All I am attempting to convey is that those writing about or talking about how Trump feels ought to be more precise in using modifiers like "probably" and "a typical person" since Trump has an unusual personality. He doesn't experience his external world the way the vast majority of people do.

In this way he is more like the most ardent members of his cult who perceive reality in a distorted, sometime even clinically paranoid way.

My own educated guess, as someone who was a psychotherapist for over 40 years, is that Trump is most likely engaging in psychological denial and keeping his anxiety buried (i.e., unconscious), but that for fleeting moments it leaks into awareness. Even if he doesn't actually think about his plight he may not be able to totally control his facial expressions. He's been an actor all of his adult life, a performance artist. He's no Robert DeNiro who is known not only for playing many kinds of characters, from Travis Bickel to Frankenstein's monster, for staying in character even when the cameras aren't rolling.

Trump has played two similar public roles: whatever he was supposed to be on "The Apprentice" and, as a politician, the uber-confident self-aggrandizing macho-man.

I noted in a previous blog that there is something that Trump can't control. These are his dreams. Whether nightmares or anxiety dreams of being helpless and being harmed, these would show what is in his unconscious mind. Unless he sleeps with Melania (debatable) nobody knows if he wakes up screaming in the middle of the night.


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April 5, 2023

Stage Four Legal Cancer: Trump admitted he committed a much bigger crime than stealing the documents

 By Hal Brown

These are the words he used:

Click image above to go to tweet

“God bless you all. I never thought anything like this could happen in America,” he said, adding that the only crime he’s committed is trying “to defend our nation from those who seek to destroy it.”

Jack Smith might ask the jury that if Trump literally stood on a gallows, put a noose around Mike Pence's neck, and opened the trapdoor under his feet, and then said he didn't commit a crime because he was defending the nation, did this justify what he did.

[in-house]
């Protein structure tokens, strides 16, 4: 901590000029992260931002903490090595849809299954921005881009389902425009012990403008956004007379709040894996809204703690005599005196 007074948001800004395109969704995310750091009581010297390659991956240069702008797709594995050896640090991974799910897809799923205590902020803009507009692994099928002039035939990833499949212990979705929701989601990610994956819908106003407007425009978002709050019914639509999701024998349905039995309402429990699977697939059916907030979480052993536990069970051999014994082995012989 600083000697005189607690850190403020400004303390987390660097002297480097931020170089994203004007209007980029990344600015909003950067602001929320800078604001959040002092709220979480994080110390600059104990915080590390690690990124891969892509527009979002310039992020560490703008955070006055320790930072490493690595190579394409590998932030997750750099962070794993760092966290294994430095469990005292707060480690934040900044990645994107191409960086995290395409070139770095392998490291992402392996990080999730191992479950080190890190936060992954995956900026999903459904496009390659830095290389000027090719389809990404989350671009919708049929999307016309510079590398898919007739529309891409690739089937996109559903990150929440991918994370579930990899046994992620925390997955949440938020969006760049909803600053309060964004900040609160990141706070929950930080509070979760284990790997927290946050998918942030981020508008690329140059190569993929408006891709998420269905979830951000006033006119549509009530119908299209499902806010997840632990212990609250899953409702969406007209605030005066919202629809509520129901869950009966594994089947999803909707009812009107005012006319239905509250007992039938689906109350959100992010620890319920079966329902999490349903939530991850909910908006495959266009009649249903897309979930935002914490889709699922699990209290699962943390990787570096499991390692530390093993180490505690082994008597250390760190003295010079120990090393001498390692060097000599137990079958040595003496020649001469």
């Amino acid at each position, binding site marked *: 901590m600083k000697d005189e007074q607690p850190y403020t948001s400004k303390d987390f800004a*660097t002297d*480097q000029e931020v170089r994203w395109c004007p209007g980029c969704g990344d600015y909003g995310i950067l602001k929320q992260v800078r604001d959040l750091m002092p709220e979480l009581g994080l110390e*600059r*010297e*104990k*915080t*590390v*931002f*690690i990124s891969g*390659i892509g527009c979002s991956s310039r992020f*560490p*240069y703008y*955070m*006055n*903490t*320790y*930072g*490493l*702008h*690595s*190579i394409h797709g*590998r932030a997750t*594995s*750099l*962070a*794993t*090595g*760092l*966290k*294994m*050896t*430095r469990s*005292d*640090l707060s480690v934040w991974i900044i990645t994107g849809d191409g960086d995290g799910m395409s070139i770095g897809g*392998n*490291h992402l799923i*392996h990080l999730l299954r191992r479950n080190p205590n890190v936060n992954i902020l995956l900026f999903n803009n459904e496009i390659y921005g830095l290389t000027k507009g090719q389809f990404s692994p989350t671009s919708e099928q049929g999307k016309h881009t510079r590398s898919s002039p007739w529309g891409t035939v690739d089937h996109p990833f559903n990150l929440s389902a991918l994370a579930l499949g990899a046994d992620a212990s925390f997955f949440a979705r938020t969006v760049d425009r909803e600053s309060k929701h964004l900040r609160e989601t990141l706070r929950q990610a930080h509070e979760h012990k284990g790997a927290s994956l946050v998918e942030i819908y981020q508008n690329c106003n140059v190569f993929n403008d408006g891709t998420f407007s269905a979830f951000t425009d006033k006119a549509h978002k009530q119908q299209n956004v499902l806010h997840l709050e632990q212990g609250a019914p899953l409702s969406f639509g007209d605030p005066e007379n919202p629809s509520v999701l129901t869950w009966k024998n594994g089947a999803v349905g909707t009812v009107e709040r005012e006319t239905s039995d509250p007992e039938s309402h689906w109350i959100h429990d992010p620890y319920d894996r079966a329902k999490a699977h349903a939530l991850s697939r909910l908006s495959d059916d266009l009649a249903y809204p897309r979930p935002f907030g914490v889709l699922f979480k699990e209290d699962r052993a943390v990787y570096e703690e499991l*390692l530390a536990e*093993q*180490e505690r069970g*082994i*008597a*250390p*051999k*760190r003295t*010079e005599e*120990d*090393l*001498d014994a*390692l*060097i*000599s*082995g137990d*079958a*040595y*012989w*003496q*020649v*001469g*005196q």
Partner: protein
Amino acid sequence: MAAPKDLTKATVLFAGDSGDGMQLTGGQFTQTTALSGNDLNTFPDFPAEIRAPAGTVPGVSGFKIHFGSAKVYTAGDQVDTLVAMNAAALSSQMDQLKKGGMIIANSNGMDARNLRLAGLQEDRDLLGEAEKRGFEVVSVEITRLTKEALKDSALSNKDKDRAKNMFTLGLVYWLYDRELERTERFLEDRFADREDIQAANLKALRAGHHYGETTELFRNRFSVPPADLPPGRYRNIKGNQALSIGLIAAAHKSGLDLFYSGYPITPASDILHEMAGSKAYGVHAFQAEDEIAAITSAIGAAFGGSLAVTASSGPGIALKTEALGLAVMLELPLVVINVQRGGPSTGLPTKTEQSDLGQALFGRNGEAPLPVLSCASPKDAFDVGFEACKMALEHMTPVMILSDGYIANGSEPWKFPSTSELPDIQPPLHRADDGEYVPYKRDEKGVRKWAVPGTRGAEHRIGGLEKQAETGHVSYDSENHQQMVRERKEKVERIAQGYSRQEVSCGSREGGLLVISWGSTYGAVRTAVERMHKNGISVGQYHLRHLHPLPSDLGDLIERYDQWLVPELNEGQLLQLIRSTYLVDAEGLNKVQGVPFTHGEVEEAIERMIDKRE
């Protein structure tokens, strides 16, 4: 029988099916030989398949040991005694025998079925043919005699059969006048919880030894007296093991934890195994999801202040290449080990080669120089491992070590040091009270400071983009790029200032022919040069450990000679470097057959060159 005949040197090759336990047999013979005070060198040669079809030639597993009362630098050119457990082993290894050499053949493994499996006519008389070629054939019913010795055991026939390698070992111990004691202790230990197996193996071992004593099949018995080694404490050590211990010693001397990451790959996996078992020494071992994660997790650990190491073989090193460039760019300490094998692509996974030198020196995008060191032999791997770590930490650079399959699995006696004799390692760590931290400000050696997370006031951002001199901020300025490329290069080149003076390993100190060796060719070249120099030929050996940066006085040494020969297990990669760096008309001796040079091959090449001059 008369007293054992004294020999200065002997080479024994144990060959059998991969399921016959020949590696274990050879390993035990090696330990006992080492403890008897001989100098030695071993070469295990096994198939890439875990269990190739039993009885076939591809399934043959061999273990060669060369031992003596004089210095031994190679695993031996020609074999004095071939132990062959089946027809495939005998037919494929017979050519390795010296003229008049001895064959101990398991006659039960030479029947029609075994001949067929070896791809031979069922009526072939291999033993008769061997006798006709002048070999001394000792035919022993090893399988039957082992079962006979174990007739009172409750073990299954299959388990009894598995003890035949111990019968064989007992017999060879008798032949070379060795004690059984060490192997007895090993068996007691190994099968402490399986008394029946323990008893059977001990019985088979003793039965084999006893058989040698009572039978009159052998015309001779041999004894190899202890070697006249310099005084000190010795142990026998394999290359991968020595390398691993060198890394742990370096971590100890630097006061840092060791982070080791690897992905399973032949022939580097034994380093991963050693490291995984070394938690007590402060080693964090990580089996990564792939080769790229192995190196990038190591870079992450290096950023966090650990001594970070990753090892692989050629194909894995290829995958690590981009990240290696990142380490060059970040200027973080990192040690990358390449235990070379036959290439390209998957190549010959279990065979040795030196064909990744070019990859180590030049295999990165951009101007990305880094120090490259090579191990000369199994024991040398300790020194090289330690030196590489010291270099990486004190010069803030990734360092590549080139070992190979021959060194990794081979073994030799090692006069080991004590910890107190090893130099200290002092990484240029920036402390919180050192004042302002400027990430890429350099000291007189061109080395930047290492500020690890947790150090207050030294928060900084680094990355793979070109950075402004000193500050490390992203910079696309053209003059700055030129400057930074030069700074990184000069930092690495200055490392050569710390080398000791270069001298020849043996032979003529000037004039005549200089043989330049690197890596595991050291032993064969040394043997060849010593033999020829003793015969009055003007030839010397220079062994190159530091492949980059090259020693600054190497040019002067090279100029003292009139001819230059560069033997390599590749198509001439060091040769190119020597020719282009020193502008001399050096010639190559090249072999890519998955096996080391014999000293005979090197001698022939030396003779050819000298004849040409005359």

Trump, it has been pointed out by some in the media, already admitted he took the documents (saying that he could do so because he could declassify them just by thinking the thought) even though taking any documents, top secret or not, is against the law. (See "Trump appears to concede he illegally retained official documents'")

This will make things easy for Jack Smith to indict on the Mar-a-Lago documents case. It shows that Trump knew all about taking the documents, supposedly thinking he had a right to do so, and once he was disabused of this false belief or claim, still refused to return them. This is obstruction, a serious felony. Add all this together we have Michael Jordan levels of several game winning slam dunks for Jack Smith.

This is one of the two cases Smith is working on. From what we know it is seems to be easy to win. 

The other federal case is Trump's involvement and legal culpability in the January 6th insurrection. This may include things he did on the days prior to January 6th, but centers around how he incited the audience at his rally earlier in the day to march to the Capitol and engage in a violent attempt to stop Mike Pence from certifying the election of President Biden.

His statement is an admission of culpability in committing a crime, really crimes, far more significant than the admission in the documents case. It is an admission that he is aware he has committed crimes related to everything he did in an attempt to remain in power despite losing the election. This goes far beyond just trying to find the extra votes in Georgia through fraud. It involves inciting, aiding, and abetting the Jan. 6th insurrection, and an attempt to undermine the Constitution and the peaceful transfer of powers.

These are the only "crimes" that could be what he said would involve his "fearlessly" defending the nation from those seeking to destroy it.

A jury hearing and reading the many hyperbolic claims that Trump made without him as president the country would be destroyed ought to be persuaded to take him at his words. 

In the "only crime I committed" statement he is admitting that he knew what he did to remain in power was a crime.

Jack Smith isn't the only prosecutor for whom Trump has offered up a prosecutorial ammunition on a silver platter. Not only does Fani Willis have a tape of Trump asking Georgia Secretary of State Brad Raffensperger to recalculate the state's vote in his favorbut Trump said it was an "absolutely PERFECT (sic) call."

Aside from the fact that Trump has to contend with high profile four cases against him he also has two civil suits, ones from Eric Swallwell and from Rep. Bennie Thompson about the insurrection.